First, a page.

Pope St. Julius,I was one of the early leaders in the Catholic Church later recognized as a saint. His papacy lasted for more than 15 years and only ended with his death. Historians today know him as the pope who created a celebration of Jesus Christ’s birth, which we still celebrate on December 25.
As with many of the early popes, historians know very little about the early life of Pope St. Julius I. He likely used the name Julius as a young man as most of the early popes used their given names after taking the throne. Pope Saint Mar ruled for only 263 days and was in his early 40s when he died from natural causes.
In the modern era, Church officials gather together to nominate the next pope and spend time deciding on the best person. When Pope Saint Mark passed away, the process was quite different. Just four months after his death, officials quietly named Julius the next pope.
Much of what we know about Pope St. Julius I concerns his role in Arian disputes. Arianism was a doctrine that claimed Jesus was the Son of God but also a God separate from God. A group of the doctrine’s followers received attention when they sent delegates to meet with various rulers. Julius asked the bishops within the doctrine to attend a synod in Rome to discuss their beliefs and wasn’t happy when they turned down his request. Athanasius of Alexandria visited Rome when his former city banished him. Julius met with the man and held a synod where he named him a bishop of the Catholic Church.
Council of Sardica
Many of the men who followed Arianism lived in the eastern region. They held the Council of Sardica in 343 where more than 70 of their followers agreed to leave Bulgaria. Some of those same men were on hand during a second council in which they deposed Julius. More than 300 bishops and other Church officials in the western region disagreed with this decision. They released a statement in which they claimed that Julius was the true pope. This also led to the pope affirming a canon that prevented bishops from transferring the papacy to others.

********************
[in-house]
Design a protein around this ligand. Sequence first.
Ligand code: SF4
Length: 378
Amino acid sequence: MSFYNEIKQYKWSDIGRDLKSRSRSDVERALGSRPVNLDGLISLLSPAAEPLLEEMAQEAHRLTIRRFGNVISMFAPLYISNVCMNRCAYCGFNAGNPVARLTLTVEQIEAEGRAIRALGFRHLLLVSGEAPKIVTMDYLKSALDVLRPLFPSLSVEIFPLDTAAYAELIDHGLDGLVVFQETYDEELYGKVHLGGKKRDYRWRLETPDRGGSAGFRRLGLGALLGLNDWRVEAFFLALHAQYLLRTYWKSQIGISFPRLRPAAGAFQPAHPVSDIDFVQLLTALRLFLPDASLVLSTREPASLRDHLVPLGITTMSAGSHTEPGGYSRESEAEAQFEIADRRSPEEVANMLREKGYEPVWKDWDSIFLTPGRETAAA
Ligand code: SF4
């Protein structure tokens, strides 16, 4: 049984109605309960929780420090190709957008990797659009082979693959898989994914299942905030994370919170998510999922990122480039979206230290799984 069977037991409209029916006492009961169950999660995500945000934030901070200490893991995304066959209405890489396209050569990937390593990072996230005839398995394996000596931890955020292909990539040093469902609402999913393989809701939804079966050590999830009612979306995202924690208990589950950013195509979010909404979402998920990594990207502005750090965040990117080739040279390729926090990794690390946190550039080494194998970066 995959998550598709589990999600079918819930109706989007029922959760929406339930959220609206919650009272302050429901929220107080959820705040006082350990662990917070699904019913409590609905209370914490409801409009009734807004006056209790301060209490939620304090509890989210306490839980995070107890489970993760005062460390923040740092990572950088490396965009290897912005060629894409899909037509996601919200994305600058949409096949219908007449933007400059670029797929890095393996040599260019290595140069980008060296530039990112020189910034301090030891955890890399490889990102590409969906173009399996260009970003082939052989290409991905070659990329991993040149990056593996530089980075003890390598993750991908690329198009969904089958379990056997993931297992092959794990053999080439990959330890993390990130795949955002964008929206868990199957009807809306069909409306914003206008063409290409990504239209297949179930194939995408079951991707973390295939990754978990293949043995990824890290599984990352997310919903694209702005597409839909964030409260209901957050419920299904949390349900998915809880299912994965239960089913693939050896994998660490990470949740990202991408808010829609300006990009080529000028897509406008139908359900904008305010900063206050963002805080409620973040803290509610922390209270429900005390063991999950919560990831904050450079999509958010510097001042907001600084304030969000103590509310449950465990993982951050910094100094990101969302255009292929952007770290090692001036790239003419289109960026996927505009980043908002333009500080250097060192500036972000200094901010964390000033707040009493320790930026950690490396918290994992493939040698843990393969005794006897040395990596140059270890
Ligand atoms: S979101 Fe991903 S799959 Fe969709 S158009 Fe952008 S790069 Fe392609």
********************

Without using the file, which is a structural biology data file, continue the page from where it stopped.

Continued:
Jesus Christ’s Birth
The biggest and most important thing that historians know about Pope St. Julius I concern the celebration of Jesus Christ and his birthday. Heretics and others in Rome celebrated a festival every year around the end of December. Pope St. Julius I released an official decree in which he claimed that Jesus was born on December 25. Historians do not know the actual date of his birth. They believe that the pope picked this date as a way to draw attention away from the festival and put it back on the Church. Others think that he picked this date as a way to honor Aurelian who was a former ruler in Rome and that he hoped the ruler’s followers would convert to Christianity.
Pope St. Julius I looked for ways to bring more attention and followers to the Catholic Church. He built or helped build several churches and basilicas to give Romans and those in other areas more places to worship. Though known as Pope Julius for many years, he became Pope St. Julius I after the Catholic Church named him a saint and others used the name during their papacies.
- Born: circa 280 AD in Rome
- Birth Name: Unknown
- Died: April 12, 352
- Cause of Death: Unknown
- Papacy Began: February 6, 337
- Papacy Ended: April 12, 352
- Successor: Pope Liberius
Interesting Facts About Pope St. Julius I
- Though the Catholic Church does not have records to indicate when Pope St. Julius I became a saint, they celebrate his feast day on April 12 every year.
- Historians list his cause of death as unknown but believe it was likely from natural causes. He was around 57 when he became pope and in his early 70s when he passed away.
- The papacy of Pope St. Julius I lasted for 15 years and 66 days, according to some of the early Church records. Only one other man held the papacy for longer during those early days: Pope Saint Sylvester.
- Though many of the early popes were buried in St. Peter’s Basilica, Church officials had Pope St. Julius I’s remains moved to the Cemetery of Calepodius.
- A very early book about Catholic popes featured an illustration of Julius. It shows him as a middle-aged man wearing the papal robes and crown.